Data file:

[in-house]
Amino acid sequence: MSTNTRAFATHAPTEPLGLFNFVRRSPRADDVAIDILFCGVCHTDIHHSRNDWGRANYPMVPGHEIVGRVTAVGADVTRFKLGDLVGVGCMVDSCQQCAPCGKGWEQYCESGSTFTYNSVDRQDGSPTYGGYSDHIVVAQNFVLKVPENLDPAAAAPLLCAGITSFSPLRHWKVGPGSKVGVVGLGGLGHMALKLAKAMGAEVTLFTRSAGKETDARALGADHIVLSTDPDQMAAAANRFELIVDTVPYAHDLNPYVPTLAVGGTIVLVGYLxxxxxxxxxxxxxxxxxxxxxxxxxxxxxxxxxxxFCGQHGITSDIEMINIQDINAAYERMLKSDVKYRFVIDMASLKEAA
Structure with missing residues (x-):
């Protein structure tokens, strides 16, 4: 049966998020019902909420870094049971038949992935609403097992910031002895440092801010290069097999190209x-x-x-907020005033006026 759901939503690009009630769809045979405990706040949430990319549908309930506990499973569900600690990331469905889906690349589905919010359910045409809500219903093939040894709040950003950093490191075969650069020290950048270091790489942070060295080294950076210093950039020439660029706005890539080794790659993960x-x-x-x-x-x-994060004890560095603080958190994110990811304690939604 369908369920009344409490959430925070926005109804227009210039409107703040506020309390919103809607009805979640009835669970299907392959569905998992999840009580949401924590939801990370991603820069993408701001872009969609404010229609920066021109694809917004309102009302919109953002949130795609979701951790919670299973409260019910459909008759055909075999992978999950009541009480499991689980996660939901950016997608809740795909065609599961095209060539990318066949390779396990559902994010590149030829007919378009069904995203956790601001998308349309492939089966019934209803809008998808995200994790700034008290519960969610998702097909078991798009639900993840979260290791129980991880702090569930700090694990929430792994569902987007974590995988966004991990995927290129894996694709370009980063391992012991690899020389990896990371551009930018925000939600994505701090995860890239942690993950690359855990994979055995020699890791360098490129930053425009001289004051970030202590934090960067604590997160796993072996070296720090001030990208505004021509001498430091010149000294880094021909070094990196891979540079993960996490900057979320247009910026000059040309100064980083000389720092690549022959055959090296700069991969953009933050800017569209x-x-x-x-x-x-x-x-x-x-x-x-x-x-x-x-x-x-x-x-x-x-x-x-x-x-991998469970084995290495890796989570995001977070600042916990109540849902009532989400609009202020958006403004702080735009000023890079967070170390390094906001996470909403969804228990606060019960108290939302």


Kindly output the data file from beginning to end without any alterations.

[in-house]
Amino acid sequence: MSTNTRAFATHAPTEPLGLFNFVRRSPRADDVAIDILFCGVCHTDIHHSRNDWGRANYPMVPGHEIVGRVTAVGADVTRFKLGDLVGVGCMVDSCQQCAPCGKGWEQYCESGSTFTYNSVDRQDGSPTYGGYSDHIVVAQNFVLKVPENLDPAAAAPLLCAGITSFSPLRHWKVGPGSKVGVVGLGGLGHMALKLAKAMGAEVTLFTRSAGKETDARALGADHIVLSTDPDQMAAAANRFELIVDTVPYAHDLNPYVPTLAVGGTIVLVGYLxxxxxxxxxxxxxxxxxxxxxxxxxxxxxxxxxxxFCGQHGITSDIEMINIQDINAAYERMLKSDVKYRFVIDMASLKEAA
Structure with missing residues (x-):
């Protein structure tokens, strides 16, 4: 049966998020019902909420870094049971038949992935609403097992910031002895440092801010290069097999190209x-x-x-907020005033006026 759901939503690009009630769809045979405990706040949430990319549908309930506990499973569900600690990331469905889906690349589905919010359910045409809500219903093939040894709040950003950093490191075969650069020290950048270091790489942070060295080294950076210093950039020439660029706005890539080794790659993960x-x-x-x-x-x-994060004890560095603080958190994110990811304690939604 369908369920009344409490959430925070926005109804227009210039409107703040506020309390919103809607009805979640009835669970299907392959569905998992999840009580949401924590939801990370991603820069993408701001872009969609404010229609920066021109694809917004309102009302919109953002949130795609979701951790919670299973409260019910459909008759055909075999992978999950009541009480499991689980996660939901950016997608809740795909065609599961095209060539990318066949390779396990559902994010590149030829007919378009069904995203956790601001998308349309492939089966019934209803809008998808995200994790700034008290519960969610998702097909078991798009639900993840979260290791129980991880702090569930700090694990929430792994569902987007974590995988966004991990995927290129894996694709370009980063391992012991690899020389990896990371551009930018925000939600994505701090995860890239942690993950690359855990994979055995020699890791360098490129930053425009001289004051970030202590934090960067604590997160796993072996070296720090001030990208505004021509001498430091010149000294880094021909070094990196891979540079993960996490900057979320247009910026000059040309100064980083000389720092690549022959055959090296700069991969953009933050800017569209x-x-x-x-x-x-x-x-x-x-x-x-x-x-x-x-x-x-x-x-x-x-x-x-x-x-991998469970084995290495890796989570995001977070600042916990109540849902009532989400609009202020958006403004702080735009000023890079967070170390390094906001996470909403969804228990606060019960108290939302």